NetWellness is a global, community service providing quality, unbiased health information from our partner university faculty. NetWellness is commercial-free and does not accept advertising.
Monday, February 8, 2016
Obesity and Weight Management
Did I Lose Too Much Weight?
I just finished a "biggest loser” contest at work and won, but at what cost? I started out on the nutri-system diet and did very well the first month. However, I got carried away the next 2 months, lowering my total caloric intake to about 6-800 calories. I lost a total of 63 pounds in 3 months. That’s 24.5 % of my body mass. I read recently that you should never lose more than 10% of your body mass in less than 6 months. The after affects are frankly horrifying. My muscle mass is depleted in my upper torso. In particular, my shoulder girdles appear skeletal to look at. I lack energy and fatigue easily despite resuming a 1500 calorie low fat low carb diet. I force myself to eat as I no longer have a sensation of hunger as was the case at the onset of this diet. Also, I am feeling light headed whenever I stand up, and lately even when I’m sitting down. My bowels stopped moving as they once did and I urinate like a racehorse. Most disturbing to me is the effect on my mentation. I’m feeling constantly in a fog. Memory and concentration are way off the norm. Are these effects permanent? Should I seek a medical workup to try and correct, what seems to me to be, a metabolic crisis? What can I do the reverse these effects?
I admire the effort you made to lose your excess weight; however, I am concerned about how you went about it and the resulting problems that you mention. Losing weight too quickly and without proper nutrition (including calories) can cause many health problems. A safe weight loss is approximately 1 to 2 pounds per week and should focus on small, gradual changes to your diet so that you can form new, healthy habits for a lifetime.
Diets that provide less than 1200 calories per day are not adequate in nutrients, no matter what you choose to eat, and can put your body in starvation mode. This results in a slower metabolism (the opposite of what you would want), since your body is conserving energy for vital functions. Too few calories also deprive you of energy and vital nutrients.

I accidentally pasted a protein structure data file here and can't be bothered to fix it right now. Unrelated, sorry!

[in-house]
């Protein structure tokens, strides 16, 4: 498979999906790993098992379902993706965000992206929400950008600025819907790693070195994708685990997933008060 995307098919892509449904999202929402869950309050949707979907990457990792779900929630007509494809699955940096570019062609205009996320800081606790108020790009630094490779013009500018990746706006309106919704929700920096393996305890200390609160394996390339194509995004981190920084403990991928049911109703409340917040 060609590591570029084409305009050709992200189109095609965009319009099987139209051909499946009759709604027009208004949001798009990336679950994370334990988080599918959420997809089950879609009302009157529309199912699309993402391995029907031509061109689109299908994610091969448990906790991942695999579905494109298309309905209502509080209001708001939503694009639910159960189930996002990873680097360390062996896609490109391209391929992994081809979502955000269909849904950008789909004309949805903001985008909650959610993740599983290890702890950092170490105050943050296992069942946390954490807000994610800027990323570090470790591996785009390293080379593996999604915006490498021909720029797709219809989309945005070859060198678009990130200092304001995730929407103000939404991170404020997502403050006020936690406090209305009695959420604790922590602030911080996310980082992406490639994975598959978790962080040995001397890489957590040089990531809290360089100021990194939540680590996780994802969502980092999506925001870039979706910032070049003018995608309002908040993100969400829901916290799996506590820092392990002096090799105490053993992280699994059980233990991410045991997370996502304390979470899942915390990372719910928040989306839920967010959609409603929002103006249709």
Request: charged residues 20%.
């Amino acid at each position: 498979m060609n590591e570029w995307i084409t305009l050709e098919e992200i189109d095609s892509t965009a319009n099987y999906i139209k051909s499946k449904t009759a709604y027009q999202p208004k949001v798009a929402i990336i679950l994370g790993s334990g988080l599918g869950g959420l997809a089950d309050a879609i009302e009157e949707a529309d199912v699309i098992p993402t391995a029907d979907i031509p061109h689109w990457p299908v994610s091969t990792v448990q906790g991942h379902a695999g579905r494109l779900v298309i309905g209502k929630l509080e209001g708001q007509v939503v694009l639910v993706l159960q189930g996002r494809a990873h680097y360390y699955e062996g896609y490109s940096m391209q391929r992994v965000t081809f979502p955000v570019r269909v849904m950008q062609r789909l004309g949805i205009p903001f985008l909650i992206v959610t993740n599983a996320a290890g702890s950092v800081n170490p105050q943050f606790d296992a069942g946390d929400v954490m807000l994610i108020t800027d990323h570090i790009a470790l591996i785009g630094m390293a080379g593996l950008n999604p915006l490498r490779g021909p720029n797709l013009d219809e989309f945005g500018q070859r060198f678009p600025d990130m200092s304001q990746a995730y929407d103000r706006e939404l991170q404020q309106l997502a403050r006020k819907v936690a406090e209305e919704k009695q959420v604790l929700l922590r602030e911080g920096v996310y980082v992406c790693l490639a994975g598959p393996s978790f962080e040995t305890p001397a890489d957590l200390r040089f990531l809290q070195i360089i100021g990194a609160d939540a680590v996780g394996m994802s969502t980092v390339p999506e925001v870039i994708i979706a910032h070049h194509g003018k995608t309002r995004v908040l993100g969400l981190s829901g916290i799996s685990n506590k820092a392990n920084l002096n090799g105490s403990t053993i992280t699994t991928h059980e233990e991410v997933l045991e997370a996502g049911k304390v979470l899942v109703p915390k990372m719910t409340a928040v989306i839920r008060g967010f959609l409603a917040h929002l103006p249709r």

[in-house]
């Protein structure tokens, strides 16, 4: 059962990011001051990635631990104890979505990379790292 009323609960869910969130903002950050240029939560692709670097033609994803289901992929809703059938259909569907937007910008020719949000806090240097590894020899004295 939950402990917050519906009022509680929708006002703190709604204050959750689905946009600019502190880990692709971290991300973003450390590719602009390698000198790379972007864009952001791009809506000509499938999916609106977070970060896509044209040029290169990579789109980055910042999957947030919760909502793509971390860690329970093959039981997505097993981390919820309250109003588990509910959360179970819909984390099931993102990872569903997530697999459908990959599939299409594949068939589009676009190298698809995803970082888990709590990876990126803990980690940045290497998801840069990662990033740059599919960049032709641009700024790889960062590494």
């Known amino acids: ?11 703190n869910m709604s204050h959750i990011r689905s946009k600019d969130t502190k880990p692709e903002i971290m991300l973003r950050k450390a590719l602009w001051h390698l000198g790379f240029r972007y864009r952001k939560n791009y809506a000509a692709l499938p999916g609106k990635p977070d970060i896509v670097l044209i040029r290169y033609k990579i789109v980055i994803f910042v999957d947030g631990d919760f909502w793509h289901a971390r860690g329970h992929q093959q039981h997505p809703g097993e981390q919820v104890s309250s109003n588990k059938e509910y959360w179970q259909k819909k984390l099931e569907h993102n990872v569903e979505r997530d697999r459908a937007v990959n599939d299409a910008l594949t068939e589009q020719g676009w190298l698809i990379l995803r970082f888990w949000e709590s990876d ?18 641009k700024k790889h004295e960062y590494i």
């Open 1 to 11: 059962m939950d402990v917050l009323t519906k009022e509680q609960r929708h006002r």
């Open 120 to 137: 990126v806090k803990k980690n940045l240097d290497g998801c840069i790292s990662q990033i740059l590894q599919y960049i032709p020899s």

You mention following a "low fat, low carb" diet. Carbohydrates (including grains, legumes, fruit, vegetables, and dairy) are our body's primary source of energy. Without adequate amounts of carbohydrates, you will feel tired and may not have enough glucose (the main source of energy used by our brain) to think clearly and function well. If you have too little fat in your diet, you could be lacking essential fatty acids and not be absorbing fat-soluble vitamins (vit. A,D,E & K) properly. Following a high protein diet often lacks enough fiber and can affect your bowels.
A healthy, more reasonable weight loss diet would be approximately 1500 cals/day for most women and 1800 cals/day for most men. It should include ALL food groups and daily physical activity. If you visit the website http://www.choosemyplate.gov/ you can calculate a healthy diet for your gender and body type.
In the meantime, I recommend that you see your doctor as soon as possible and discuss all of your health concerns. Once you've seen your doctor, it would also be a good idea to make an appointment with a Registered Dietitian (RD). The RD will work with you to design a personalized diet to meet your weight and health goals.
Jane Korsberg, MS, RD, LD
Senior Instructor of Nutrition
School of Medicine
Case Western Reserve University